Smithsonian review calls art museums underfunded

Associated Press

The Smithsonian Institution’s eight art museums are “drastically underfunded” and have “seldom lived up to their names,” according to an external review.

The voluntary review by a panel of seven prominent museum directors gives recommendations to strengthen each museum and is similar to an external examination of the Smithsonian’s science programs in 2003. The review was adopted by the Smithsonian Board of Regents in January, though it was not released until this week.

“Art museums made a late entry into the Smithsonian and receive a proportionally small share of the Smithsonian’s federal funding compared to history and science,” the committee wrote.

The Smithsonian receives nearly $640 million annually from the federal government -- about 70% of its budget -- but spokeswoman Linda St. Thomas was unable to say how much is directed toward the art museums. The report did not say how much funding is needed but noted the museums require more money for staffing, facilities, storage and acquisition of artwork.


The report recommends reorganizing some administrative, research and curatorial functions among the museums to eliminate duplicated efforts and promote collaboration. It also urges the Smithsonian to reinvest in art education at a time when schools are struggling to provide such opportunities.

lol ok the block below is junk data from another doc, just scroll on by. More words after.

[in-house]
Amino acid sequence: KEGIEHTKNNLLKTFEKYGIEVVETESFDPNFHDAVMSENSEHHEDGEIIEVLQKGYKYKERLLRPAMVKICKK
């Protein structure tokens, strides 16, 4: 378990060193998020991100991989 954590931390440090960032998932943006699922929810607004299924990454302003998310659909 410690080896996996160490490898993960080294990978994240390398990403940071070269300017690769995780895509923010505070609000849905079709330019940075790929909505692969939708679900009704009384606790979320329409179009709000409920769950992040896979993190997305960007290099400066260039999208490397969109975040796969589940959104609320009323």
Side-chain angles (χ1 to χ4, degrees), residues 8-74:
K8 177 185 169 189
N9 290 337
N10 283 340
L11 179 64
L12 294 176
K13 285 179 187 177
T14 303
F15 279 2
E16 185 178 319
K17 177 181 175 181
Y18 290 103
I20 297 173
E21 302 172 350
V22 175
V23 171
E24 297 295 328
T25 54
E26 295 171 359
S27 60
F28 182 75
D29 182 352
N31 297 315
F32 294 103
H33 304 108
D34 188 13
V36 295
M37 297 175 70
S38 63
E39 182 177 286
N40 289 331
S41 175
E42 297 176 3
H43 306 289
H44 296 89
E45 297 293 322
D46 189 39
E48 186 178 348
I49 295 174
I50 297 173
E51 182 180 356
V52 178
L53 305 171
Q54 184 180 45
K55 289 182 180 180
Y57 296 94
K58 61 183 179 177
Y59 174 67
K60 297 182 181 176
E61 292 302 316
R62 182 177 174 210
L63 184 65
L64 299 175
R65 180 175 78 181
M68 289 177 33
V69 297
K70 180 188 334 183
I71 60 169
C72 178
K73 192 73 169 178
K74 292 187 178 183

Ned Rifkin, the Smithsonian’s undersecretary for art, initiated the review in 2005.

“Some of our collections are indeed world class and others need improvement,” said Rifkin, a former director of the Smithsonian’s Hirshhorn Museum, which features contemporary art.

Rifkin said he hoped museum staff would view the report as “constructive criticism, rather than condemning in any way.”

Museum facilities drew the committee’s attention, including water leaks at the Freer Gallery of Art and the Arthur M. Sackler Gallery, which house Asian and Islamic art. But Rifkin said the leaks have already been repaired.

“It’s really symptomatic of the age of some of our buildings, rather than our vigilance,” Rifkin said.

The report was released as Sen. Charles E. Grassley (R-Iowa) proposed legislation Wednesday that could jeopardize a $17-million increase in funding for the Smithsonian until the institution makes changes to eliminate “unauthorized and excessive” compensation and expenses for Smithsonian Secretary Lawrence M. Small.

The review committee included the directors of such museums as New York’s Museum of Modern Art, the J. Paul Getty Museum in Los Angeles and the High Museum of Art in Atlanta.